All posts tagged: prayer

I Never Thought I was a Cynic… Until I Read This Book.

A Praying Life (Connecting with God in a distracting world) by Paul E. Miller NavPress, 2009 Every so often you read a book that completely reboots the way you think. A Praying Life has been that kind of book for me. Don’t be turned off by the title – or the cover for that matter. This is a book with the potential to change your perspective on every level, not just the few minutes you grab with God each day, running through a list of pleases and thank yous in your head. Paul begins by defining prayer as “interconnected with all of life”. Such an important distinction right there. He continues, “Because prayer is all about relationship, we can’t work on prayer as an isolated part of life. That would be like going to the gym and working out just on your left arm.” With an easy turn of phrase, Paul grounds his teaching with stories, many from his own family including the trials and triumphs of his daughter Kim who has autism and developmental delay. Paul and …

Walk of Peace

6:15 the alarm screeches. And screeches. And screeches. I roll out of bed, pull on some trackies, a hoody, sneakers and walk out the door, at least halfway to consciousness. The birds are already awake. As I walk down into the Gorge, I switch off the music playing in my headphones, rip them from my ears and instead listen to God. “Be still and know that I am God.” Like a whisper spoken behind cupped hand into hair, he stills my mind and awakens my senses. A blue wren lands on the path ahead, his mate flirting nearby. Wattle trees punctuate the scrub with their sunny blossoms and the air is still. A jogger puffs by, “Good morning!” She’s one of only three people I pass on this pre-brekky walk. I’ve made the decision to get serious about my exercise, which equates to a couple of gym sessions and some early morning walks each week. When I set the alarm the night before, half expecting to hit snooze and miss the opportunity, I didn’t imagine this. This nourishing …

The God of ALWAYS and NEVER

“Always” and “never” are adverbs most at home in the angst of an argument. “You NEVER help with the chores!” “You’re ALWAYS nagging!” Perhaps you’re incredibly civilised and don’t partake in domestic mud slinging, but for those of us who do, “always” and “never” conversations are commonplace. “Why do you ALWAYS say that?” “Why is it that you NEVER make time for me, but you have no end of time for your friends?” Aside from the fact that such statements are pretty much “always” untrue, they’re also pretty much “never” useful. They also demonstrate our humanity; the fact that we’re imperfect beings yearning for perfection. We are trying to fill our ALWAYS and NEVER desires with flawed people. Square peg, round hole. In reality, I can only trust the “always” and “never” conversations of one being. God. “Never will I leave you, never will I forsake you,” he promises (Hebrews 13:5). “I am with you always, to the very end of the age,” Jesus affirms again in Matthew 28:20. These are promises that no man …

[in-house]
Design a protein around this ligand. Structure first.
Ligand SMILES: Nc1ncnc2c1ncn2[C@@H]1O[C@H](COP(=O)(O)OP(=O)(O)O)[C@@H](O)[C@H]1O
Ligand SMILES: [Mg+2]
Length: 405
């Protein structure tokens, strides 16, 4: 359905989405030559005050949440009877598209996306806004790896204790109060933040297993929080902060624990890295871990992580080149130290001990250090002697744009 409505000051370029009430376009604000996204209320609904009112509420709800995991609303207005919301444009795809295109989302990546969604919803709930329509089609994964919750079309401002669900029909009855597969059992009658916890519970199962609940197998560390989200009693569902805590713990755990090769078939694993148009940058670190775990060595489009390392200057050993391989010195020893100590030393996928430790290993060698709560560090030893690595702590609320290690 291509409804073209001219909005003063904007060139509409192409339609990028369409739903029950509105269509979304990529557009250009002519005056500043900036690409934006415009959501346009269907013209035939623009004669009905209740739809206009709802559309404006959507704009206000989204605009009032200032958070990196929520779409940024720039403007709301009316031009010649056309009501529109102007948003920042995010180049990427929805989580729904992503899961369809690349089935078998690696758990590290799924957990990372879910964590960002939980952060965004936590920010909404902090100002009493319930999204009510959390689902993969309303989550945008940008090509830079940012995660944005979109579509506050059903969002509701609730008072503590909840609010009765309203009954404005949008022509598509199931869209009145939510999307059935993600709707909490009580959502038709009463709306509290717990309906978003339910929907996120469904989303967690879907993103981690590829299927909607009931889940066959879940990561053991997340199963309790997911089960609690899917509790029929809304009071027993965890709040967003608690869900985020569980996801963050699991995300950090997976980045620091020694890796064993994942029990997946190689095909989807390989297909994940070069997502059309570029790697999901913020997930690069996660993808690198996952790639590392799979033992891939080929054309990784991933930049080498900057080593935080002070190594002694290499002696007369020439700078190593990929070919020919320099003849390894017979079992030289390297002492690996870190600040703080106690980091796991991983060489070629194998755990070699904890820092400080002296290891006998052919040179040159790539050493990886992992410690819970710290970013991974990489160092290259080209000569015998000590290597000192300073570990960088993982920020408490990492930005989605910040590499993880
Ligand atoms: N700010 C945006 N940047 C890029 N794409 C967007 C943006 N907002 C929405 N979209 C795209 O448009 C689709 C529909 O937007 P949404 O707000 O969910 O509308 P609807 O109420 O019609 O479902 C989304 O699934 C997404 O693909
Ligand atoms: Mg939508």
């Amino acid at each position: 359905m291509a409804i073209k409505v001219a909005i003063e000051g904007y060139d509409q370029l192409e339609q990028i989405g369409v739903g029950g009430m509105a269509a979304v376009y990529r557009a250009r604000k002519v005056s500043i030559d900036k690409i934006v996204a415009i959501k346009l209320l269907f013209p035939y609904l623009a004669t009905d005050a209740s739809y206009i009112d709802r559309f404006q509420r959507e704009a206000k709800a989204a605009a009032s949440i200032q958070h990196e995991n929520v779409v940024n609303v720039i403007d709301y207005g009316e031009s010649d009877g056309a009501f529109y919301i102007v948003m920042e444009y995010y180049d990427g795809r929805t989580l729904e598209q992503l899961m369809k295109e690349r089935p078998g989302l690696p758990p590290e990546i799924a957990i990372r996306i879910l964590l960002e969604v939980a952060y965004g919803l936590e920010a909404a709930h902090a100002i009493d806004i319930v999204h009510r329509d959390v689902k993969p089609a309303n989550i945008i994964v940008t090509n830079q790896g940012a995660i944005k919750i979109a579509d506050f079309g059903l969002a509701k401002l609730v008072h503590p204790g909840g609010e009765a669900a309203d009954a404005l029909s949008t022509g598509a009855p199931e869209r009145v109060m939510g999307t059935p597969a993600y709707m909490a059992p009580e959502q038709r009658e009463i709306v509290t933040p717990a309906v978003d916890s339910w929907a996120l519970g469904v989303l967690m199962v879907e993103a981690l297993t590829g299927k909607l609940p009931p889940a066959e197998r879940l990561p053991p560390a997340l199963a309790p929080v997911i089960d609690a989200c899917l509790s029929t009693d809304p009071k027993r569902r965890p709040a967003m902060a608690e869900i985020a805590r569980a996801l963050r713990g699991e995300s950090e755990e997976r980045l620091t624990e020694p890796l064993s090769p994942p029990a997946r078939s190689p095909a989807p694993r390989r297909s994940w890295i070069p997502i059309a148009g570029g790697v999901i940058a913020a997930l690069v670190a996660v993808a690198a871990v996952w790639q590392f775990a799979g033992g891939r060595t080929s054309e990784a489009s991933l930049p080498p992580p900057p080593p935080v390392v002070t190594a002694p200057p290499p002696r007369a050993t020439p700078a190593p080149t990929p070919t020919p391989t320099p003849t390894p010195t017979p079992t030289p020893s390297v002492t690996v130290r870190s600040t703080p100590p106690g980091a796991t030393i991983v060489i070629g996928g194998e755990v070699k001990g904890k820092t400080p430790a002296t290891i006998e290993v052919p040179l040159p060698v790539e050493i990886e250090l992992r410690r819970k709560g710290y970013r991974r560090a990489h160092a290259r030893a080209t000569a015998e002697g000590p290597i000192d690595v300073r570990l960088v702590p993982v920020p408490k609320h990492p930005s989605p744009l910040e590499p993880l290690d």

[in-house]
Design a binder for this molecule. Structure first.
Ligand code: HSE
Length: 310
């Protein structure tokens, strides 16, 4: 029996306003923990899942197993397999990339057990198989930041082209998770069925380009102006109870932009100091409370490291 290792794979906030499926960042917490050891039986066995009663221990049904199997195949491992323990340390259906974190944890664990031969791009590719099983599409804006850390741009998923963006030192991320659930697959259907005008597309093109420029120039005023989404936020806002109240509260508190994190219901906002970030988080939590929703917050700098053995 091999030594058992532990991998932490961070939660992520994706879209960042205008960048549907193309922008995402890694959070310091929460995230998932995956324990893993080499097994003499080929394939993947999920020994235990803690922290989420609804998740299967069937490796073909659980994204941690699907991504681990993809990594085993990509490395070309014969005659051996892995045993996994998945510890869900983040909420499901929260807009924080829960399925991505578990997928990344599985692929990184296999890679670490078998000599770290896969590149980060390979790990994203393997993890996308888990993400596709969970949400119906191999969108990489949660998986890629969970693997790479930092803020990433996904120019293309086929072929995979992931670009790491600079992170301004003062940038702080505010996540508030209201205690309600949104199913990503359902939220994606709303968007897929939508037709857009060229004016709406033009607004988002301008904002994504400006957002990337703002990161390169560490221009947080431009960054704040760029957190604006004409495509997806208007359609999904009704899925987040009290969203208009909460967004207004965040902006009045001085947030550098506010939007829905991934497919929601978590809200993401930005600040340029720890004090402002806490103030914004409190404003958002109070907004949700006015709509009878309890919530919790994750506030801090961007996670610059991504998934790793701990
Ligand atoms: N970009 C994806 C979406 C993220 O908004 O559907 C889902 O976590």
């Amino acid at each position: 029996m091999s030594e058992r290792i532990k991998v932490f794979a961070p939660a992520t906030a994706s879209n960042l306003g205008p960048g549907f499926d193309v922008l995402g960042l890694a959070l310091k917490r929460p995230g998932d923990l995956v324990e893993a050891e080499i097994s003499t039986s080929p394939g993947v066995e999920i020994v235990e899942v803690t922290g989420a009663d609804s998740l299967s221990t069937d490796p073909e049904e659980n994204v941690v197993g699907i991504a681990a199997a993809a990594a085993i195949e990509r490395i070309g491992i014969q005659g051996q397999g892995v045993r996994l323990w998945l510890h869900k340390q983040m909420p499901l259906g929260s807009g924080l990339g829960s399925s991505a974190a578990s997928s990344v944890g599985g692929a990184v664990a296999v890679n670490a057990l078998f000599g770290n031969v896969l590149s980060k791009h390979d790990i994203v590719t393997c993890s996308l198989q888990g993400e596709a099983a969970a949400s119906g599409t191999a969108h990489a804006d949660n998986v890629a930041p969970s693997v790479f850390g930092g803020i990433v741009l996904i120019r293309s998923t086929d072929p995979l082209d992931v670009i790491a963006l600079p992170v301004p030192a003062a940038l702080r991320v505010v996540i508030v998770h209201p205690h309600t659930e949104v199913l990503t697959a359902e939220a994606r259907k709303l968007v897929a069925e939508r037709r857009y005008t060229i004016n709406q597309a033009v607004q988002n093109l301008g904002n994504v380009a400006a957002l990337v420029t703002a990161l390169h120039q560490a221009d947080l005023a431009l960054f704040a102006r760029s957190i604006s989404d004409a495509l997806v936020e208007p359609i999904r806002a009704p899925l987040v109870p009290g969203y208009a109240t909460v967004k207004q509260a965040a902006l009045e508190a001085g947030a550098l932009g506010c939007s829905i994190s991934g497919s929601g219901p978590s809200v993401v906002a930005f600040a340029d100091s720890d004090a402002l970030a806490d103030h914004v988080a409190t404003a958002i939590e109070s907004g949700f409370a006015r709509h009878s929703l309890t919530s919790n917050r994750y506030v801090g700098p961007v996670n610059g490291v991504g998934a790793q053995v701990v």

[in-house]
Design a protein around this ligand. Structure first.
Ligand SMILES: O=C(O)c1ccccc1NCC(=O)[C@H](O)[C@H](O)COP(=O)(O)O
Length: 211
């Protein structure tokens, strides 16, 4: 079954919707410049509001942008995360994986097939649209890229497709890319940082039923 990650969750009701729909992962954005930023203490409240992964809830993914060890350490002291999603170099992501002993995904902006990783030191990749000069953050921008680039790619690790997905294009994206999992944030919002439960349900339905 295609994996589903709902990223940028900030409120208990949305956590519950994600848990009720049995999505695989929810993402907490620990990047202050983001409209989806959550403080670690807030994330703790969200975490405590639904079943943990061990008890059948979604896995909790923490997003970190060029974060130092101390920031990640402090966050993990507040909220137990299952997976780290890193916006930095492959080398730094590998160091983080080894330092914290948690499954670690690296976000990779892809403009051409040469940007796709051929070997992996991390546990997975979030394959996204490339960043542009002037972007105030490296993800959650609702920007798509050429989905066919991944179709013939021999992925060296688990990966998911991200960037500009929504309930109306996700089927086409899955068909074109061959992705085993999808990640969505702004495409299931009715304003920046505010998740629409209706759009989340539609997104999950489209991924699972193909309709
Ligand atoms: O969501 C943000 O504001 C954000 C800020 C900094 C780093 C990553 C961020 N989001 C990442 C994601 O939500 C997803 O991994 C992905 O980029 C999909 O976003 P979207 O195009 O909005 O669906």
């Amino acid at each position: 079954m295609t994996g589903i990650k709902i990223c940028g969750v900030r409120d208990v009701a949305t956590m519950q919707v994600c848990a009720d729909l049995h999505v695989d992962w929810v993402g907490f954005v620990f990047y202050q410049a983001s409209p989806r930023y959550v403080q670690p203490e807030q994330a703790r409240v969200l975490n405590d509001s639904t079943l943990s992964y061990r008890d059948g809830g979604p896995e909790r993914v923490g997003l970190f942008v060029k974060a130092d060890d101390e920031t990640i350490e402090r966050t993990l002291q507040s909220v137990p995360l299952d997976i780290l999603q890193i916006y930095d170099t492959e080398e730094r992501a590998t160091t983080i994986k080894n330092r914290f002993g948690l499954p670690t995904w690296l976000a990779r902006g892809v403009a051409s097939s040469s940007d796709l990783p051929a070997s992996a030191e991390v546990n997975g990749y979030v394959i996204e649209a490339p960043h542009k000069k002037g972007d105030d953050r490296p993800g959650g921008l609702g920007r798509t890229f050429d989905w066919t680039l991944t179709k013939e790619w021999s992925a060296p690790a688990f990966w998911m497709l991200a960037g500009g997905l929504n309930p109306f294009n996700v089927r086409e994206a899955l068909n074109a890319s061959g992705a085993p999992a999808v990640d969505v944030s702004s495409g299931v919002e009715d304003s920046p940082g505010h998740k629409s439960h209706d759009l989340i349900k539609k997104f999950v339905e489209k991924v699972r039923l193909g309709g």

Keeping Prayer Simple, Immediate and Relevant.

If you’ve ever wondered why it’s widely expected that eyes be closed tight during prayer, just listen to the attempts of a three-year-old flouting the rule. “Thank you Jesus for the food and please keep us safe and thank you for mummy and daddy and… thank you for the window and the rubbish bin and dinosaurs and…” It’s at about this point that Master Three’s roving eyes meet mine and he finishes with a hurried “amen” and a cheeky grin. Gotta love him! Heads bowed, eyes closed and hands clasped aren’t such bad instructions, if a little tight-laced. To be honest, I can never find my authoritative mummy voice to reprimand our little man at prayer time. He’s talking to God and God deserves our respect, but we forget too often that faith is a relationship of many dimensions, including humour. The Lord’s Prayer is a particular difficulty for kids and I’ve heard some stellar mispronunciations: “Our Father who art in heaven, Howard by they name” or “How’d you know my name?” “Give us this …

An Ordinary Guy Called Merv